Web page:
The protest signs were clear: “Know the facts before voting on Bill 220299.”

City Council still hasn’t figure out that when proposed laws threaten peoples’ livelihoods, they show up outside City Hall.

That’s exactly what members of Hapco Philadelphia and the Pennsylvania Apartment Association (PAA) did September 21st to protest a planned bill that would mandate putting sprinklers into existing high-rise buildings over 75 feet tall.

“The devastating cost of Councilman Mark Squilla’s bill would drive many rental property owners out of business,” says Hapco President Greg Wertman, who attended the protest.

“And if this bill passes, our fear is that City Council would come after the small, independent Mom and Pop rental owners who are the majority of Hapco’s members.”

The PAA commissioned several studies that show retrofitting high-rise buildings with sprinklers would cost $27,000 to $50,000 per unit, and that doesn’t include the cost of relocating tenants and the annual expense of maintaining a sprinkler system.

And Wertman adds that a rental owner’s insurance costs would skyrocket with the addition of a sprinkler system.

“Those stratospheric costs would bankrupt most rental owners and drive many to sell out, further eroding Philly’s affordable rental housing stock,” adds Wertman.

Both PAA and Hapco Philadelphia contend that strict enforcement of existing fire codes would achieve the same safety result as a costly sprinkler bill without bankrupting the city’s rental property owners.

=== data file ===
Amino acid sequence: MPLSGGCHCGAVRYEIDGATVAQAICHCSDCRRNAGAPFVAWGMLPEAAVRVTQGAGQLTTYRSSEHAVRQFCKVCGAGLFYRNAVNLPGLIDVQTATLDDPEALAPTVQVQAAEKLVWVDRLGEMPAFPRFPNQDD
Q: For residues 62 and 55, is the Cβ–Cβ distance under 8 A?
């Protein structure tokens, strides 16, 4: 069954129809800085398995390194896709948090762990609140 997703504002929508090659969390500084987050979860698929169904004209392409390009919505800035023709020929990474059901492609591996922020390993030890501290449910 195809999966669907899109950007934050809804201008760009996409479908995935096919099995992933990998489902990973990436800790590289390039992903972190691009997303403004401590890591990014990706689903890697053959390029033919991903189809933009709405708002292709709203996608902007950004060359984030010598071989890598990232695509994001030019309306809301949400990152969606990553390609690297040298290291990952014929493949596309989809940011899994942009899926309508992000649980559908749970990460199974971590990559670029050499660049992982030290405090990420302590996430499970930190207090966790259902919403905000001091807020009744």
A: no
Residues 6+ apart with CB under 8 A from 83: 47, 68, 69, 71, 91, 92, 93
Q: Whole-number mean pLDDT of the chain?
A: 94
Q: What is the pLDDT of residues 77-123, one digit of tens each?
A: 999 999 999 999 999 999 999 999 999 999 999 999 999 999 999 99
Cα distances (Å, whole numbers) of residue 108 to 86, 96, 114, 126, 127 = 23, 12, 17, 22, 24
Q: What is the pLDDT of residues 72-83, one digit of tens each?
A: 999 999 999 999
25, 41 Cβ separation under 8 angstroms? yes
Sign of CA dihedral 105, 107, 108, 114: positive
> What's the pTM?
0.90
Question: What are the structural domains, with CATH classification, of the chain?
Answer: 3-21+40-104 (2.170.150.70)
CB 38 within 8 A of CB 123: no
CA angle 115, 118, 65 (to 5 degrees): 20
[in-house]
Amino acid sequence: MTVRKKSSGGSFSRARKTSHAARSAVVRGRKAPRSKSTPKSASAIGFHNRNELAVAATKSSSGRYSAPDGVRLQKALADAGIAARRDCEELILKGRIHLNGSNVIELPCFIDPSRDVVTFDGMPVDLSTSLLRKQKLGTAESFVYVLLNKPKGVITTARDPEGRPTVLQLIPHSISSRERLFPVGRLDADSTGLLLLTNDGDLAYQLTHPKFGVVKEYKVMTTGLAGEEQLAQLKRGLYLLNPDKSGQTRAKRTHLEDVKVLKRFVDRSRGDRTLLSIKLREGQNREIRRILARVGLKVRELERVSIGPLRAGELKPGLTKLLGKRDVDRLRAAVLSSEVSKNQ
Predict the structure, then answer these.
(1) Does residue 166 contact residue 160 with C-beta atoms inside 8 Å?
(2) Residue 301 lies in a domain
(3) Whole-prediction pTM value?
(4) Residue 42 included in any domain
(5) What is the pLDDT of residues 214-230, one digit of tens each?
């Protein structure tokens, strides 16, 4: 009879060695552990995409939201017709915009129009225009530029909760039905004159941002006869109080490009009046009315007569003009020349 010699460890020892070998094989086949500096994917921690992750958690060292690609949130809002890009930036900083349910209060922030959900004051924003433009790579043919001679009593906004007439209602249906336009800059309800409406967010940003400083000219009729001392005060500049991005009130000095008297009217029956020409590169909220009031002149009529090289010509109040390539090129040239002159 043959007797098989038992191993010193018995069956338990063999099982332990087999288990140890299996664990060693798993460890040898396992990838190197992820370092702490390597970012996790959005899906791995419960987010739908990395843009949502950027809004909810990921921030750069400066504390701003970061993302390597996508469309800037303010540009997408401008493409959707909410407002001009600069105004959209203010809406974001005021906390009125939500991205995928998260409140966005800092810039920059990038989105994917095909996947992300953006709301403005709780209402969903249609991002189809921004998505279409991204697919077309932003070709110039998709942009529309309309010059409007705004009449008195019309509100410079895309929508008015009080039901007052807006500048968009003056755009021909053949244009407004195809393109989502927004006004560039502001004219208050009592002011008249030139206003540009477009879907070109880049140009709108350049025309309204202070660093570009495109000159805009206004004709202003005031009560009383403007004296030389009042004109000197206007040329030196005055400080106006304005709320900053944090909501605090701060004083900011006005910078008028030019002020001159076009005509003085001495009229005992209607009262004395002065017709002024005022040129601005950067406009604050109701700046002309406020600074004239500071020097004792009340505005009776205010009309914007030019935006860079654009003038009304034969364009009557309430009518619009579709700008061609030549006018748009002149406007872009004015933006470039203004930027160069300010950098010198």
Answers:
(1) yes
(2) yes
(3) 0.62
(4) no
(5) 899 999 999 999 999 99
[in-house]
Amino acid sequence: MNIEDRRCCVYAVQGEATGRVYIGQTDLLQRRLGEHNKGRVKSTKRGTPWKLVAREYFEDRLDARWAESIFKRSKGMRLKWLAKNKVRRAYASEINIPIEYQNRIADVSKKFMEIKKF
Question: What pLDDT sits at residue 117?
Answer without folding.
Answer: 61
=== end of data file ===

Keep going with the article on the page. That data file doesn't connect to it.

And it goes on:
Hapco Philadelphia Board Member Robert Levin also attended the sprinkler bill protest and noted the more than 50 people from PAA and Hapco Philadelphia speaks volume about the impact.  “It was an impressive sight to see concerned businesspeople from the industry come together in solidarity and voice our collective angst over the never-ending overreach of government,” Levin said.

“It is also telling that those who seemingly would benefit the most from new requirements turned tail when they heard we were protesting en masse.”

Levin was referring to the abrupt cancellation of a fire suppression demonstration by the National Fire Sprinkler Association and Sprinkler Fitters Local 692 that had been scheduled following the Hapco Philadelphia and PAA protest.